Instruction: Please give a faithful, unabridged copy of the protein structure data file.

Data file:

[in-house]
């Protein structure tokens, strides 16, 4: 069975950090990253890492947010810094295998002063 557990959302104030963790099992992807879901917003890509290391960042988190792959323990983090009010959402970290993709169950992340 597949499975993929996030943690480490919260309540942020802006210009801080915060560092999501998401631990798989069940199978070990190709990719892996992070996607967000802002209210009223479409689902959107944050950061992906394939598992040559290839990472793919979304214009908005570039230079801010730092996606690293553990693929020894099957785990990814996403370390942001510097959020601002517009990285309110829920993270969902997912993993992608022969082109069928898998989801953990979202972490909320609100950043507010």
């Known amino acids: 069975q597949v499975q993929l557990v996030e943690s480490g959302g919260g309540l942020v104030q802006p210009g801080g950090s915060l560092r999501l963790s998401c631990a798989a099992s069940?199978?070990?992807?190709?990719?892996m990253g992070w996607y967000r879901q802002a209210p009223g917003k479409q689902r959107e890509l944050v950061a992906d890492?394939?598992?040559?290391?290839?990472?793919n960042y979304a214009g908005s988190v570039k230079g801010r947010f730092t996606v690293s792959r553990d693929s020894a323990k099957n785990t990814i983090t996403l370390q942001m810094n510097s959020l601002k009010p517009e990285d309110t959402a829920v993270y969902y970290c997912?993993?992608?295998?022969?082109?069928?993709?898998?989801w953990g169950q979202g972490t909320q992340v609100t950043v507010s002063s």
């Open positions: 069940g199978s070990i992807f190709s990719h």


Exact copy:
[in-house]
């Protein structure tokens, strides 16, 4: 069975950090990253890492947010810094295998002063 557990959302104030963790099992992807879901917003890509290391960042988190792959323990983090009010959402970290993709169950992340 597949499975993929996030943690480490919260309540942020802006210009801080915060560092999501998401631990798989069940199978070990190709990719892996992070996607967000802002209210009223479409689902959107944050950061992906394939598992040559290839990472793919979304214009908005570039230079801010730092996606690293553990693929020894099957785990990814996403370390942001510097959020601002517009990285309110829920993270969902997912993993992608022969082109069928898998989801953990979202972490909320609100950043507010």
């Known amino acids: 069975q597949v499975q993929l557990v996030e943690s480490g959302g919260g309540l942020v104030q802006p210009g801080g950090s915060l560092r999501l963790s998401c631990a798989a099992s069940?199978?070990?992807?190709?990719?892996m990253g992070w996607y967000r879901q802002a209210p009223g917003k479409q689902r959107e890509l944050v950061a992906d890492?394939?598992?040559?290391?290839?990472?793919n960042y979304a214009g908005s988190v570039k230079g801010r947010f730092t996606v690293s792959r553990d693929s020894a323990k099957n785990t990814i983090t996403l370390q942001m810094n510097s959020l601002k009010p517009e990285d309110t959402a829920v993270y969902y970290c997912?993993?992608?295998?022969?082109?069928?993709?898998?989801w953990g169950q979202g972490t909320q992340v609100t950043v507010s002063s």
């Open positions: 069940g199978s070990i992807f190709s990719h």